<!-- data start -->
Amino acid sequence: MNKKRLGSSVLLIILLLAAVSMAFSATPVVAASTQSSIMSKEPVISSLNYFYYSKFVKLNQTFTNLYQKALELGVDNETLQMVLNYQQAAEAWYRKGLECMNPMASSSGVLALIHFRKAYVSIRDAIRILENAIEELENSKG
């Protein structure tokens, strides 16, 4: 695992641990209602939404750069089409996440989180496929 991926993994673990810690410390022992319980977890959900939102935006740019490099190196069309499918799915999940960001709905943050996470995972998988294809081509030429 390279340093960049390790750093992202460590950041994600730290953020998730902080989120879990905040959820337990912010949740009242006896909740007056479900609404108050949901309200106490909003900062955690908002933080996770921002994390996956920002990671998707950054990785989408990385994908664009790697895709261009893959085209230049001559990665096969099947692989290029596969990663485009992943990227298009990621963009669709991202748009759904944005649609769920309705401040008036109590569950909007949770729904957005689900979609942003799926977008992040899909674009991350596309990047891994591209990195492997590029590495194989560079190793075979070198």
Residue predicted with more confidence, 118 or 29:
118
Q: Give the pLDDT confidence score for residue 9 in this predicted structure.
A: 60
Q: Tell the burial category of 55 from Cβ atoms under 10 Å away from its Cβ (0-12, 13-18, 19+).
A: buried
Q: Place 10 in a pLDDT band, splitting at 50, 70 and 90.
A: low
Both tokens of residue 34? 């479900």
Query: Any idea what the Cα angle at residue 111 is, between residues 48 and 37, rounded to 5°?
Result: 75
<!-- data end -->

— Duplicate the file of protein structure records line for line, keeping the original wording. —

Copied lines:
Amino acid sequence: MNKKRLGSSVLLIILLLAAVSMAFSATPVVAASTQSSIMSKEPVISSLNYFYYSKFVKLNQTFTNLYQKALELGVDNETLQMVLNYQQAAEAWYRKGLECMNPMASSSGVLALIHFRKAYVSIRDAIRILENAIEELENSKG
């Protein structure tokens, strides 16, 4: 695992641990209602939404750069089409996440989180496929 991926993994673990810690410390022992319980977890959900939102935006740019490099190196069309499918799915999940960001709905943050996470995972998988294809081509030429 390279340093960049390790750093992202460590950041994600730290953020998730902080989120879990905040959820337990912010949740009242006896909740007056479900609404108050949901309200106490909003900062955690908002933080996770921002994390996956920002990671998707950054990785989408990385994908664009790697895709261009893959085209230049001559990665096969099947692989290029596969990663485009992943990227298009990621963009669709991202748009759904944005649609769920309705401040008036109590569950909007949770729904957005689900979609942003799926977008992040899909674009991350596309990047891994591209990195492997590029590495194989560079190793075979070198």
Residue predicted with more confidence, 118 or 29:
118
Q: Give the pLDDT confidence score for residue 9 in this predicted structure.
A: 60
Q: Tell the burial category of 55 from Cβ atoms under 10 Å away from its Cβ (0-12, 13-18, 19+).
A: buried
Q: Place 10 in a pLDDT band, splitting at 50, 70 and 90.
A: low
Both tokens of residue 34? 């479900």
Query: Any idea what the Cα angle at residue 111 is, between residues 48 and 37, rounded to 5°?
Result: 75